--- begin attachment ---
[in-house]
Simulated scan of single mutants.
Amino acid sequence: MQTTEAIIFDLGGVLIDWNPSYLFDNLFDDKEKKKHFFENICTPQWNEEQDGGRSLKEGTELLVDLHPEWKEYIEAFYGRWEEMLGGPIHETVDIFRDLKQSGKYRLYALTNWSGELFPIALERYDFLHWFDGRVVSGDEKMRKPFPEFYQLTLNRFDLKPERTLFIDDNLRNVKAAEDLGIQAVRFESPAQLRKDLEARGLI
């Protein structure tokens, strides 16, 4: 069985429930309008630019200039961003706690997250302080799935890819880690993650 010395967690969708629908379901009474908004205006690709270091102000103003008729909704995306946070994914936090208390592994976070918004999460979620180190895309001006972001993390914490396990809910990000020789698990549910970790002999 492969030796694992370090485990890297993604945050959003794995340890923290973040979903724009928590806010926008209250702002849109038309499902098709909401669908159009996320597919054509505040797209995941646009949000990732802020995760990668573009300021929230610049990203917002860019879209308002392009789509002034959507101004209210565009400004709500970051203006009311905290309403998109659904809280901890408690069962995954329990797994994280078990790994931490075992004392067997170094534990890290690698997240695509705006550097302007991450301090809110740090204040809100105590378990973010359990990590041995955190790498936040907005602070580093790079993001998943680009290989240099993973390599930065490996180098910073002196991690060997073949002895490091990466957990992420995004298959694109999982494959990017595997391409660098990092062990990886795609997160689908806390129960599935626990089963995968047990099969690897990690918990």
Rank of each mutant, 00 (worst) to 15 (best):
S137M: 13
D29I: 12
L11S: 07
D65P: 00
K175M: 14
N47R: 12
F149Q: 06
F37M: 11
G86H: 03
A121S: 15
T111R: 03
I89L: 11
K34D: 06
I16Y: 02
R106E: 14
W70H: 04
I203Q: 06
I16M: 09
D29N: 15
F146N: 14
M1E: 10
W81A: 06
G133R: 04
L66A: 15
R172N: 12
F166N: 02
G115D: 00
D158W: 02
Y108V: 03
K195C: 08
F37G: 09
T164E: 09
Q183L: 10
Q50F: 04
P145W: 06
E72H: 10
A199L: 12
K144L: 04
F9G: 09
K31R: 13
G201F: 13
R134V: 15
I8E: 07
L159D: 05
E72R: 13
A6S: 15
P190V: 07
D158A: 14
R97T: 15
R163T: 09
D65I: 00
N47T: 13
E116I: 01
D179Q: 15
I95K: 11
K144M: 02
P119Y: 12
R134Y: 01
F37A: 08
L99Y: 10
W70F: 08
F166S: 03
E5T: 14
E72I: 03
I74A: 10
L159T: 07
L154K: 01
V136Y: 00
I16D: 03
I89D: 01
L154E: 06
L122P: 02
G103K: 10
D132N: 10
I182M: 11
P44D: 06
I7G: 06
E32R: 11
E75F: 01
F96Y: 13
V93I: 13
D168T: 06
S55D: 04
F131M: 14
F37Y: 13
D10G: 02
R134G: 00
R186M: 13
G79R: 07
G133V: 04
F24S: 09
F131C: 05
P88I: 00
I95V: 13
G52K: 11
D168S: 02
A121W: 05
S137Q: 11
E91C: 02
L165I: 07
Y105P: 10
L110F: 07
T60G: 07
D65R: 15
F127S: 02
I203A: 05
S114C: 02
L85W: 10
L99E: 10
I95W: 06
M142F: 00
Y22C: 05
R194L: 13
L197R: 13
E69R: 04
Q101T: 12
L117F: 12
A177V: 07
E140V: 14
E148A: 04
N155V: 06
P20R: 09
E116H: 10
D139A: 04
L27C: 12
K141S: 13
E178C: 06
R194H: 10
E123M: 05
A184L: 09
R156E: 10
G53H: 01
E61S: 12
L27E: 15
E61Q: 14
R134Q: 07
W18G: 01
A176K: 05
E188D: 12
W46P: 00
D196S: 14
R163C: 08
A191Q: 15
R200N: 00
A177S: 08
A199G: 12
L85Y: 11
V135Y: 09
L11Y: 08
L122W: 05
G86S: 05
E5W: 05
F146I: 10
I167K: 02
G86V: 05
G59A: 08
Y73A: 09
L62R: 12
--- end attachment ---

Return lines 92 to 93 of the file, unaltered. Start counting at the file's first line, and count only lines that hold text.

R134G: 00
R186M: 13